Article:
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Last year, Tampa Bay made a conscious effort to keep its starting offensive lineman together during the offseason, and for good reason. The Bucs were coming off an 11-5 season and produced the NFL’s Offensive Rookie of the Year in 1,000-yard rusher Cadillac Williams.

But those five starting offensive linemen didn’t stay together long.

A preseason injury to left guard Dan Buenning and a Week 1 practice injury sustained by rookie right guard Davin Joseph immediately put this group at a disadvantage.

Reserve G Jeb Terry, who received praise from head coach Jon Gruden throughout the 2006 offseason, struggled mightily in his first professional start at right guard in place of Joseph.

To make matters worse, Tampa Bay lost starting quarterback Chris Simms to a Splenectomy in Week 3, which allowed opposing defenses to stack the box and take away the team’s running game and dare rookie QB Bruce Gradkowski to beat them with his inexperienced arm.

Sean Mahan initially filled in for Buenning at left guard and later re-entered the lineup after Buenning sustained a season-ending knee injury on Thanksgiving Day. Mahan had mixed results. His versatility was his biggest asset, but the Buccaneers didn’t value him as much as Pittsburgh, evidenced by the five-year contract the Steelers signed Mahan to in March.

Those injuries and the fact that Tampa Bay was starting two rookies – Joseph and tackle Jeremy Trueblood – on the right side, should help explain why the Bucs offensive struggled in 2006.

So this offseason the Bucs entered free agency determined to add competition and depth to this unit.

Although they missed out on Arizona tackle Leonard Davis and Cincinnati guard Eric Steinbach, both of whom received more lucrative deals elsewhere, the Bucs managed to land one of the bigger-name free agent offensive linemen in former New York Giants tackle Luke Petitgout.

Petitgout, who was released by the Giants, signed a three-year contract that included a $3 million signing bonus. He replaces Anthony Davis as Tampa Bay’s starting left tackle and is expected to help anchor the left side of Tampa Bay’s offensive line.

The Bucs have moved the 330-pound Davis inside to play left guard while Buenning continues to recover from his knee injury. Buenning is expected to be near 100 percent healthy by the time training camp rolls around.

In the meantime, the Bucs have Buenning taking reps at center in 7-on-7 drills. If he can prove to be healthy and play center, Buenning could compete with John Wade for the starting center job in training camp and preseason.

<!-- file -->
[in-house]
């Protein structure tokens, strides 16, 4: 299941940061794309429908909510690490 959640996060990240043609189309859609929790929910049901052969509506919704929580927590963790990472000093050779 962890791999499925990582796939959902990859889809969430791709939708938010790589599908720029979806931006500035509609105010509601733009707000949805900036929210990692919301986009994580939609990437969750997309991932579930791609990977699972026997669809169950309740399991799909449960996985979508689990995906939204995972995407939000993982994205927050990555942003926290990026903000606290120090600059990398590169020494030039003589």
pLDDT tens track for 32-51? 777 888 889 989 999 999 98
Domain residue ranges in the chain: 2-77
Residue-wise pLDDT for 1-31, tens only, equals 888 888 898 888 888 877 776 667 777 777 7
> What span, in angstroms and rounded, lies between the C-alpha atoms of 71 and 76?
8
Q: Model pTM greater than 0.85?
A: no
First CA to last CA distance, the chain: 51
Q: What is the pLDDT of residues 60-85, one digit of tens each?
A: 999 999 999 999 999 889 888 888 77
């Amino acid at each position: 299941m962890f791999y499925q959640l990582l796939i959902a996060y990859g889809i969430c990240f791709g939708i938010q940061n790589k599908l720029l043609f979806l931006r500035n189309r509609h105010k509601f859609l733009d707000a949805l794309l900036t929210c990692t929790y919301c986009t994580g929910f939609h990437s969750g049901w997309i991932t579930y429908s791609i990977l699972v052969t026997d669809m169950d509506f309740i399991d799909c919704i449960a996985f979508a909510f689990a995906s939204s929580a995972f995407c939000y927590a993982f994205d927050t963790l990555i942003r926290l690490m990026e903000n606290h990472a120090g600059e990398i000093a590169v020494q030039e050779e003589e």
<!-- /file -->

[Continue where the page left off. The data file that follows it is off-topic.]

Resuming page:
Buenning likely will also be given the opportunity to beat out Davis for the starting left guard job.

Tampa Bay also attempted to sign former Dallas C Al Johnson during free agency, but to no avail. That is one of the reasons why the Bucs signed former Atlanta Falcons G Matt Lehr, who will compete at both the center and guard positions.

One player that might be flying under the radar a bit is C Nick Mihlhauser, whom Tampa Bay signed off of San Diego’s practice squad last year. The Bucs like his upside and feel he has the potential to beat out Wade for the starting job this year.

With Tampa Bay appearing to be a bit thin at center, there’s a good chance the Bucs could select USC’s Ryan Kalil if he falls to them at the top of the second round. Kalil is considered the best center in the 2007 NFL Draft and would serve as Wade’s successor if he’s drafted by the Bucs.

Depending on how well Wade plays and handles snapping the ball to the quarterback out of the newly installed shotgun formation, Buenning or Kalil could replace Wade at center this season.

Bucs C/G Jonathan Clinkscale figures to be a training camp and preseason body, especially if the team drafts Kalil.

While the starting left guard job is up for grabs and could have Davis, Buenning and Lehr competing for it, the right guard position is pretty much settled. Joseph, who was Tampa Bay’s first-round draft pick a year ago, showed enough progress as a rookie to make the team believe he can solidify that position this year.

Lehr and Terry likely will be given the opportunity to compete for the starting job, but it’s Joseph’s to lose.

The same can be said for Trueblood, who entered the league as a second-round draft pick one year ago.

Trueblood replaced Kenyatta Walker, who underwent season-ending knee surgery during the team’s bye week in 2006, and never looked back. In fact, the Bucs released Walker in March.

The Bucs are lacking depth at right tackle. After Trueblood, the Bucs have Donald Penn, Dennis Roland and Chris Colmer. While Terry can play right tackle, the team isn’t convinced he would be a reliable backup at that spot.

Colmer, who entered the NFL as a 2005 third-round draft pick, might not ever play for the Buccaneers. Parsonage-Turner syndrome, which is the same condition that plagued him in college, cost Colmer the entire 2006 season and has put his career in jeopardy.

If Wisconsin T Joe Thomas falls to Tampa Bay at No. 4 in the 2007 NFL Draft, Tampa Bay will seriously consider drafting him.

The Bucs could use a franchise left tackle to succeed Petitgout, who turns 31 in June. They’re also in need of help at left guard and right tackle.

If they do select Thomas, the Bucs will have spent a first-round draft pick on an offensive lineman in two consecutive years, and offensive line coach Bill Muir and Gruden will have fewer excuses as their projected starting O-linemen would feature three former first-round picks in Petitgout, Thomas and Joseph and a second-round selection in Trueblood.

The Bucs will have their eye on several offensive linemen next weekend, including T James Marten (Boston College), C Scott Stephenson (Iowa State) and Gs Josh Beekman (Boston College) and Dan Santucci (Notre Dame).

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